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So… What is Ansible?

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IT organizations are responsible for an ever-increasing number of applications, infrastructure providers, operating system versions, network devices, platforms, monitoring, ticket systems, and more. The challenges that go along with managing it can range anywhere from time-consuming to downright Sisyphean. The rising adoption of cloud services adds a financial component, a new challenge for many organizations starting their cloud journey. It’s more important than ever for organizations to know as much as possible about their infrastructure, how it’s configured, and how it’s all integrated.

There are many enterprise organizations that have long-standing legacy technology which can’t be containerized or launched in the cloud. The idea that servers should be cattle and not pets is a fantastic goal, but sometimes that livestock gets a name and special treatment turning it into a big pet. There’s a constellation of IoT devices out there that might fall under one regulatory agency’s OT security guidelines or another. IT Engineers need to be able to keep their systems and applications flowing with changing business needs, security updates, and regulatory controls. If you’re looking for a solution to all these problems that’s where Ansible comes in.


At its heart, Ansible is a configuration management and automation tool written in Python. That doesn’t mean Ansible developers need to know anything about the Python language to use it (although it is extensible with plugins and custom modules); instead, automation definitions are written in YAML. Sorry, there’s no escaping YAML in today’s IT landscape. Like it or not, it’s the language of configuration for now at least.

Teams using Ansible can define and execute desired states for devices, automate the installation of tools to support an application, and even deploy and configure the application itself using the same tool. Need to update a ServiceNow ticket after modifying a config file on a prod instance? Or add a Jira task if something that wasn’t accounted for pops up? Ansible has modules for that.

Think of a traditional IT application deployment on new infrastructure – let’s say a web server running a simple Flask app in the DMZ VLAN feeding off a PostgreSQL database on the internal VLAN. The Dev team has tested their code and hands it off to the operations team to deploy it on the prod servers with some step-by-step instructions as to what goes where, what required services need to be in place, required versions, and so on. Operations needs to prepare those servers in accordance with their own guidelines, install the Dev team’s prerequisites, then deploy the application. Meanwhile, network engineers need to ensure that the servers have valid IP addresses and that the firewalls on both sides of the DMZ are allowing the correct traffic though so that users can get to the app, and the web server can talk to the database.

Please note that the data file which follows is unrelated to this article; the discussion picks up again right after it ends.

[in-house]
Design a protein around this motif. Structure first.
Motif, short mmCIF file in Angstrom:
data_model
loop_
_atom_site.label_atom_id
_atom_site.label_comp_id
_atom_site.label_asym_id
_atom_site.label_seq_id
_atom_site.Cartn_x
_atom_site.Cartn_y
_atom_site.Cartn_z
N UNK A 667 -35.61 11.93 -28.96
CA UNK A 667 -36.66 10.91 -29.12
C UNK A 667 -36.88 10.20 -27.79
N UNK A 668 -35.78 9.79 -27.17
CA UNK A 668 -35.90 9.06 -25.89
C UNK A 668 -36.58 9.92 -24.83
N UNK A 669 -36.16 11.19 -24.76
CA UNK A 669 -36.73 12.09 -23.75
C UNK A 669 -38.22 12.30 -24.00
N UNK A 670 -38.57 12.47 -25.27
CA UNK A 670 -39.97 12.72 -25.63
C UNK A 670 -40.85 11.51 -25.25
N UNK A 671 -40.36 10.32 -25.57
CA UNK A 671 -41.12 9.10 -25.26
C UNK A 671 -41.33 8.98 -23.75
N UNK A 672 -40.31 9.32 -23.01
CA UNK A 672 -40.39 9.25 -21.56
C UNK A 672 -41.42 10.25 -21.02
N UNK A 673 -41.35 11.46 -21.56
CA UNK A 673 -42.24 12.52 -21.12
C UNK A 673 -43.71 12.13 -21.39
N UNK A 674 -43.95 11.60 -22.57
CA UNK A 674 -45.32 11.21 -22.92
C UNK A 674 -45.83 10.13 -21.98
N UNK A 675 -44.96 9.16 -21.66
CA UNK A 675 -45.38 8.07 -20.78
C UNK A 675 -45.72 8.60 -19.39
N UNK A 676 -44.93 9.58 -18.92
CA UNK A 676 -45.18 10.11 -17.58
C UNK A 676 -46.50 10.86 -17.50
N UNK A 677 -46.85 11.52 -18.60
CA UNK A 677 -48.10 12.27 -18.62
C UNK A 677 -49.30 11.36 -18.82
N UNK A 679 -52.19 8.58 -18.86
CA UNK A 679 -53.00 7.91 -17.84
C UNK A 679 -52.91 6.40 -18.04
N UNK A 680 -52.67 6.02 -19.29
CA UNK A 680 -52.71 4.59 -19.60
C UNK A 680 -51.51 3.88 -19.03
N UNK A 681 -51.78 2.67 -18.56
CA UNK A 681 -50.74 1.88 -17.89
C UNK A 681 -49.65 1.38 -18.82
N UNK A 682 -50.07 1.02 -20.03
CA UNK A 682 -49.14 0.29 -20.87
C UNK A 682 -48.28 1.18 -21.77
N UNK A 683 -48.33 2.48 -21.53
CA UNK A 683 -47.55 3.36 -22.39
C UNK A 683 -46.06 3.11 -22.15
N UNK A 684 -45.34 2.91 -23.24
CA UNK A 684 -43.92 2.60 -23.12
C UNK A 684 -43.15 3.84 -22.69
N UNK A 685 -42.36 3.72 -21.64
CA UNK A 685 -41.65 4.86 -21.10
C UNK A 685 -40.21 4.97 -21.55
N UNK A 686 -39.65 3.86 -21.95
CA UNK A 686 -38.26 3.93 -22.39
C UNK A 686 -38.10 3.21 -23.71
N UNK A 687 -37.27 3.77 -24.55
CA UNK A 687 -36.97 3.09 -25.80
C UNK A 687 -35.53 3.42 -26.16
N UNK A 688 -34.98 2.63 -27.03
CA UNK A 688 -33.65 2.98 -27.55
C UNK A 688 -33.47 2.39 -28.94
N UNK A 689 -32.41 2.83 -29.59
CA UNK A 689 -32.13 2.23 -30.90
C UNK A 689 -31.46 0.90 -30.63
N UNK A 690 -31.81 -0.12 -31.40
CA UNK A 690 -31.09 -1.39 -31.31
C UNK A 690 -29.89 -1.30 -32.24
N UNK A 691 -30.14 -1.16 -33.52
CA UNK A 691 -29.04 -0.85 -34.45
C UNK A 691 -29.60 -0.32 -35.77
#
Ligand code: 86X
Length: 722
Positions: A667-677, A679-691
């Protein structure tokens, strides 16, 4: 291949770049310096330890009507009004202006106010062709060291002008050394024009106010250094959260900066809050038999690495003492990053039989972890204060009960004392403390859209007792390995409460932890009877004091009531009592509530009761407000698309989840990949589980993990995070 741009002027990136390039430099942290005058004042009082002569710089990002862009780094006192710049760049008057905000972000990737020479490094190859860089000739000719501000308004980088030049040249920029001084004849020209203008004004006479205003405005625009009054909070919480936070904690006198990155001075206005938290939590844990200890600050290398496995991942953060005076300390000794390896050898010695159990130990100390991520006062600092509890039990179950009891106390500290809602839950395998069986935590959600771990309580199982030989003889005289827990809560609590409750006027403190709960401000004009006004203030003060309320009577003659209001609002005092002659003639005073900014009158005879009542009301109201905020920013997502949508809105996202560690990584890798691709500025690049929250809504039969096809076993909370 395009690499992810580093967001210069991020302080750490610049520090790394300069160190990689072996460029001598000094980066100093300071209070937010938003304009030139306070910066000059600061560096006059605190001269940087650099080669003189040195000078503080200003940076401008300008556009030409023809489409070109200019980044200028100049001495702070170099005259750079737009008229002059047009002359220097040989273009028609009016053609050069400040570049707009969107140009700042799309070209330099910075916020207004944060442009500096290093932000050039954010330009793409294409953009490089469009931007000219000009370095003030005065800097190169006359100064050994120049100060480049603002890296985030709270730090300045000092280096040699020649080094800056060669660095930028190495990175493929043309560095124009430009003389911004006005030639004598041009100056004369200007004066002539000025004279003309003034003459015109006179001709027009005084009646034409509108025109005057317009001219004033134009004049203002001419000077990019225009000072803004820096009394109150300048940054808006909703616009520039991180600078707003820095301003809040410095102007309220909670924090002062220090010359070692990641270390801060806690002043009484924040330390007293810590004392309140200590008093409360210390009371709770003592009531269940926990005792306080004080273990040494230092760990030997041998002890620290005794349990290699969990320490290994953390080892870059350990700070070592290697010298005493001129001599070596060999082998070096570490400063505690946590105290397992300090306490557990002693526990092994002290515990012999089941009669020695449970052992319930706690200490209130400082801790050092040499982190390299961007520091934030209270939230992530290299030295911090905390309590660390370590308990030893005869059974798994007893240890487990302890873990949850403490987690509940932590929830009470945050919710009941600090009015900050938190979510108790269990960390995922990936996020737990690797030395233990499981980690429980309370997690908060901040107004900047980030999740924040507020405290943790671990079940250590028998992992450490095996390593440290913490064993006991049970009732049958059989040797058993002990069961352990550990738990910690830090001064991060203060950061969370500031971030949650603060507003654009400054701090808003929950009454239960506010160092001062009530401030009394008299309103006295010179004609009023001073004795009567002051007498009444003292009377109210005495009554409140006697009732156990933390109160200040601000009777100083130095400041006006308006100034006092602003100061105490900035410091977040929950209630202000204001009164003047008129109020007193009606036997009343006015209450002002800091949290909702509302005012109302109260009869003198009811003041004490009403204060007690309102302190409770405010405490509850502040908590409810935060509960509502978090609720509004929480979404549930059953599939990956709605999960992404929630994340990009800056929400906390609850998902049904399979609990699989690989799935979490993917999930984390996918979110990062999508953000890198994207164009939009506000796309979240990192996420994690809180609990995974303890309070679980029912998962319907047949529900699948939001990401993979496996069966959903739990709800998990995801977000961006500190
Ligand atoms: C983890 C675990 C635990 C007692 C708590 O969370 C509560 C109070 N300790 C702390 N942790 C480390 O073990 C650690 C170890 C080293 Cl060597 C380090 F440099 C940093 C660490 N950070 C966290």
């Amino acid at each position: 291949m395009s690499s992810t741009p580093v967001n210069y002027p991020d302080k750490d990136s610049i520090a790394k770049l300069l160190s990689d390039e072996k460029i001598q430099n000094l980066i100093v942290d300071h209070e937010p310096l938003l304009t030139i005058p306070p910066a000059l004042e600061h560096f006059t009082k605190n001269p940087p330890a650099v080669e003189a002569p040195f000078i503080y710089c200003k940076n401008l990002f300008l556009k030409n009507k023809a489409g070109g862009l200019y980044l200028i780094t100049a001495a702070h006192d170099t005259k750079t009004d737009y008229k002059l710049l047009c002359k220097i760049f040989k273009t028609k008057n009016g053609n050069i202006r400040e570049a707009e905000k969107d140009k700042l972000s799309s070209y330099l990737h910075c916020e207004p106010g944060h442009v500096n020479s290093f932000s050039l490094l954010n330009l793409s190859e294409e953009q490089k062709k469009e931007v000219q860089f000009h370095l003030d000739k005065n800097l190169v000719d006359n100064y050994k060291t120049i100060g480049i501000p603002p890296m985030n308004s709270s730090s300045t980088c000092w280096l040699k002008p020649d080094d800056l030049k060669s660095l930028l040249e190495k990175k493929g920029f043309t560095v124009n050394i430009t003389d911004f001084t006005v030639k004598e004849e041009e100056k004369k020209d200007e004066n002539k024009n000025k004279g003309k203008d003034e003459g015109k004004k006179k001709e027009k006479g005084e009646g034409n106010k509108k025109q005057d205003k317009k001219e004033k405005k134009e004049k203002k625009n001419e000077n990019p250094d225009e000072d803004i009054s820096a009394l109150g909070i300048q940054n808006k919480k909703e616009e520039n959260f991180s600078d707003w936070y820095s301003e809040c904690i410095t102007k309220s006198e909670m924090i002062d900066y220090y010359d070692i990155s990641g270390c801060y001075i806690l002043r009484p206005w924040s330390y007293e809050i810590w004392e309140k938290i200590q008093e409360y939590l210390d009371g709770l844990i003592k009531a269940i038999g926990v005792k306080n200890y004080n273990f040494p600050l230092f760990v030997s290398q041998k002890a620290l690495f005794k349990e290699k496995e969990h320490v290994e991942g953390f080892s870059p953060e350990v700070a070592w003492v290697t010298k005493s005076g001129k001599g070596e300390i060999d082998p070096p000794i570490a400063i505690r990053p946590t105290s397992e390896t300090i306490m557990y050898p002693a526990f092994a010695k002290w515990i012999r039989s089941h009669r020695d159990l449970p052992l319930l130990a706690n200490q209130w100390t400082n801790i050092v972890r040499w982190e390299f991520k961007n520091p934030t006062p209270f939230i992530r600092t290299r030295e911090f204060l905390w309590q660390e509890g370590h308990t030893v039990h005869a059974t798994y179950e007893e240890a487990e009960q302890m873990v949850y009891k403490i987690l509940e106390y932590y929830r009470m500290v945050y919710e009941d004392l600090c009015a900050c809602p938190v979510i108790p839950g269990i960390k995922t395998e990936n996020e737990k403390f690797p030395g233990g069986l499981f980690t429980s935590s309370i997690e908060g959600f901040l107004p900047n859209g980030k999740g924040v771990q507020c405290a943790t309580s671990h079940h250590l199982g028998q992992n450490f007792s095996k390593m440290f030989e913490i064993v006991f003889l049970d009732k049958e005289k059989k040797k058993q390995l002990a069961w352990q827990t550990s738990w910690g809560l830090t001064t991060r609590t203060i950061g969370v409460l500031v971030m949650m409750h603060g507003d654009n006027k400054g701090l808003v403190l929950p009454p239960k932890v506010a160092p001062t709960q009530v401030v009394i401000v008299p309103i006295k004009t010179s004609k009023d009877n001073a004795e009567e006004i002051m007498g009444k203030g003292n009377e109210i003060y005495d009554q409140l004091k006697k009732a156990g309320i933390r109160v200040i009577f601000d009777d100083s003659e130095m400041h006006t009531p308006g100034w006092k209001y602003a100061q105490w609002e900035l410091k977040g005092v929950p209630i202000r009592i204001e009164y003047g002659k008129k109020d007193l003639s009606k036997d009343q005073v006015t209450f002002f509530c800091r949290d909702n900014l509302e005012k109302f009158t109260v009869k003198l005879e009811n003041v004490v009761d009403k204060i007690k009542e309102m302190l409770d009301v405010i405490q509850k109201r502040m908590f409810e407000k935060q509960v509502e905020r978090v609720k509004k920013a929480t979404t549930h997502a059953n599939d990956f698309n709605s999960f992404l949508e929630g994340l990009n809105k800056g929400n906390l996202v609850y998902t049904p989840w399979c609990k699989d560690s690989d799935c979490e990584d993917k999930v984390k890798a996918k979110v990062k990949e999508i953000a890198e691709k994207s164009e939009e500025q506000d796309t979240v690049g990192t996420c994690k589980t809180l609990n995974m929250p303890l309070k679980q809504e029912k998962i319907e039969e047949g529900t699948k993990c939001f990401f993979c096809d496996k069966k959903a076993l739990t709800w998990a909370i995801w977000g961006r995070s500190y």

What If?

What if instead of step-by-step instructions, it was a simple Ansible role that could be called from a playbook along with the network team’s IP and firewall roles and operations server-compliance configuration? Now everything needed to build that application is defined in code, packaged together, and tracked in source control. Ansible enables teams to do just that. When done carefully, Ansible playbooks and roles can be self-documenting. Ansible has a shallow learning curve, fantastic documentation, and a no-cost barrier to entry if using ansible-core to get started.

AAP Highlights

Ansible core can take a small team a long way. Larger teams and teams who might be outgrowing the command-line-only Ansible tools will want to look at Red Hat’s Ansible Automation Platform. Ansible Automation Platform (AAP for short) is a full suite of tools that expands on the capabilities of Ansible core. Some of the highlights of what AAP provides are:

  • Role-based access control (RBAC) with multiple authentication sources (Active Directory, OAuth2, SAML, and more)
  • SCM project integration supporting Git and Subversion
  • Secure secrets management
  • Job scheduling
  • Job templates to execute playbooks
  • Workflow Jobs can combine job templates from multiple projects and teams with pass/fail paths for workflow actions.
  • Useful web UI for the Automation Controller and Private Automation Hub.
  • Prebuilt inventory plugins for many third party CMDBs
  • Full-featured REST API
  • Access to the Red Hat supported content catalog full of partner resources by way of collections.
  • A Private Automation Hub to host the execution environments, Red Hat Certified Automation Content as well as community and even custom collections to support an organization’s automation requirements.

Perficient + Red Hat

Red Hat provides open-source technologies that enable strategic cloud-native development, DevOps, and enterprise integration solutions to make it easier for enterprises to work across platforms and environments. As a Red Hat Premier Partner and a Red Hat Apex Partner, we help drive strategic initiatives around cloud-native development, DevOps, and enterprise integration to ensure successful application modernization and cloud implementations and migrations.

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Jon Gambino

Jon Gambino is a Lead Technical Consultant at Perficient with over 20 years of experience in small, medium, and enterprise organizations. He works with the US Cloud Platform team and specializes in Automation, Linux, and Python. Jon also holds a Bachelor of science in Computer Science as well as Red Hat Delivery Specialist accreditations for Automation I and II.

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